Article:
Strict visitor restrictions remain in place at Naas General Hospital
Strict visitor restrictions remain in place at Naas General Hospital today, Monday, December 31, as a result of the highly contagious Norovirus infection can cause the sudden onset of severe vomiting and diarrhoea.
A number of patients have been exhibiting Norovirus-ike symptoms. A statement from the hospital issued just moments ago said that the “primary concern is the safety and welfare of patients and the reduction in the spread of Norovirus within the hospital”.
“Visiting restrictions remain in place for Curragh and Allen wards today. As this is an active situation, this may change. Patients should contact the hospital before visiting to get up to date information on the restrictions,” the statement read.
Alice Kinsella, the hospital’s General Manager noted that, “the hospital are acutely aware that a visiting ban can be difficult for our patients and their families, especially at this time of year. It is something that we have to do to protect patients from the risk of acquiring Norovirus.
“We are sorry if this causes any inconvenience to patients and relatives. Proper hand washing is one of the most important ways to prevent spread of Norovirus. Hand washing is especially important before eating, before preparing food and after using the toilet.”
All infection control measures are in place and every effort is being made to manage and contain the spread of the Norovirus.
Anyone with any queries about visiting times or visiting a particular ward should ring the hospital on 045 849500.
Norovirus infection can cause the sudden onset of severe vomiting and diarrhoea. The virus is highly contagious and commonly spread through food or water that is contaminated during preparation or contaminated surfaces. You can also be infected through close contact with an infected person. Diarrhoea, abdominal pain and vomiting typically begin 12 to 48 hours after exposure.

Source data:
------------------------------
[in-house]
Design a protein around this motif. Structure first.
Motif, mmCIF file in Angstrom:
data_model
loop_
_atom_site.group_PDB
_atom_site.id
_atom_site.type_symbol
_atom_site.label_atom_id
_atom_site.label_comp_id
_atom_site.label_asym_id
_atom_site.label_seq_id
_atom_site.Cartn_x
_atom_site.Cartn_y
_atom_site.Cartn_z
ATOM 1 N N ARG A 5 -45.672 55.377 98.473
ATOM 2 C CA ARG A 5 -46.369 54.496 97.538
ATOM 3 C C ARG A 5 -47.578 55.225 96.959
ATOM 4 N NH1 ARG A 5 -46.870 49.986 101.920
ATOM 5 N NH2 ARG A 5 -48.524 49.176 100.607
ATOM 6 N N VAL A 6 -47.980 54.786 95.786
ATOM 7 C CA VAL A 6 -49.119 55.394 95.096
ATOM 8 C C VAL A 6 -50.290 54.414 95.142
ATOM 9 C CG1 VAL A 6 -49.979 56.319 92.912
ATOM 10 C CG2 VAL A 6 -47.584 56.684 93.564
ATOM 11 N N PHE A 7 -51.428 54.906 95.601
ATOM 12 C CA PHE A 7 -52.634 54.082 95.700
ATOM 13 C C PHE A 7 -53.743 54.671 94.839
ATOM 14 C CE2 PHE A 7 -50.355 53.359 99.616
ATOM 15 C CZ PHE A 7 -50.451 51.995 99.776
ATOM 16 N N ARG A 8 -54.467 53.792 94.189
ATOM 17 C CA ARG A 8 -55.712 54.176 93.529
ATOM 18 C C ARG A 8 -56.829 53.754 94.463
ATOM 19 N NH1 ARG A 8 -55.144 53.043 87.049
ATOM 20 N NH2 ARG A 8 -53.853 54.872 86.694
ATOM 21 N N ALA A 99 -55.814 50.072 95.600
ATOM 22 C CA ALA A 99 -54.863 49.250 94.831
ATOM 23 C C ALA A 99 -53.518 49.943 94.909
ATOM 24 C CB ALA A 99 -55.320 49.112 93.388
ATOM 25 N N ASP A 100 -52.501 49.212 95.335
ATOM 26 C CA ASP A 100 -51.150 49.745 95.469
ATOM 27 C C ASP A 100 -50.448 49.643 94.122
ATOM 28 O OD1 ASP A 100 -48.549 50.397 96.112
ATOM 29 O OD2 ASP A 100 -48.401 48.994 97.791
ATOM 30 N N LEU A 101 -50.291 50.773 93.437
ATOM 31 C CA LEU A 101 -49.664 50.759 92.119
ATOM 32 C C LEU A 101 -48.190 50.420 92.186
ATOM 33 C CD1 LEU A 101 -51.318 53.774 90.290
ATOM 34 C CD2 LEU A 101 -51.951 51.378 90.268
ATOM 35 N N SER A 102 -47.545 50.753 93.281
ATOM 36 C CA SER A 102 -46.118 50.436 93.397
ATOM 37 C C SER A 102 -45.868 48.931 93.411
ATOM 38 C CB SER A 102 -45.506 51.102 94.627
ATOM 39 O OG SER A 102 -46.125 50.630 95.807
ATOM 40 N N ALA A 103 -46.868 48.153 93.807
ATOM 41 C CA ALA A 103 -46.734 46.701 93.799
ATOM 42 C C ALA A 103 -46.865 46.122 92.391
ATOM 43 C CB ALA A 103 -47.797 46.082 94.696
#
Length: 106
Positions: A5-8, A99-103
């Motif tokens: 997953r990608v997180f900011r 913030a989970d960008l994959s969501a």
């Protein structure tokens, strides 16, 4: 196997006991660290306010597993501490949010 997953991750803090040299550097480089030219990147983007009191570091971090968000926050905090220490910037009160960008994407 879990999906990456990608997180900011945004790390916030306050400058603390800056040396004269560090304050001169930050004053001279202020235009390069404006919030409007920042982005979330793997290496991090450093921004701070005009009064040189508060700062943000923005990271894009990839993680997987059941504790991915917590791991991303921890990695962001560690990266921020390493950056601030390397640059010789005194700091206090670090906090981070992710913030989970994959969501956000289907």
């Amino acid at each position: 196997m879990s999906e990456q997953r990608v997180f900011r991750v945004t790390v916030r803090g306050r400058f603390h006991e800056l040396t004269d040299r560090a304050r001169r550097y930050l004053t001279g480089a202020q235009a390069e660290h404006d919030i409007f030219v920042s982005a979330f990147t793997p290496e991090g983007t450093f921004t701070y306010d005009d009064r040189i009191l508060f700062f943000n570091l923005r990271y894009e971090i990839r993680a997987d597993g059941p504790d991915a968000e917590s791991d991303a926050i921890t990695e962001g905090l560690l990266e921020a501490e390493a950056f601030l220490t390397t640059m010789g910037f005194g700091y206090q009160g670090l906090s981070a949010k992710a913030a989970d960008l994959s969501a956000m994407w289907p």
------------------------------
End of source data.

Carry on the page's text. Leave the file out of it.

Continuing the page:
Norovirus symptoms last one to three days, and most people recover completely without treatment. However, for some people — especially infants, older adults and people with underlying disease — vomiting and diarrhoea can be severely dehydrating and require medical attention.
Norovirus infection occurs most frequently in closed and crowded environments such as hospitals, nursing homes, child care centres and schools. If you have recently had vomiting / diarrhoea, do not visit a hospital or nursing home until you have been well for 48 hours. If your child has had vomiting / diarrhoea, they should not go to school / crèche until they have been well for 48 hours.
Most people with norovirus recover at home, with rest, fluids and over the counter medication. The HSE provides useful advice from GPs and pharmacists on how to recognise the Norovirus infection, and care for yourself or someone else www.undertheweather.ie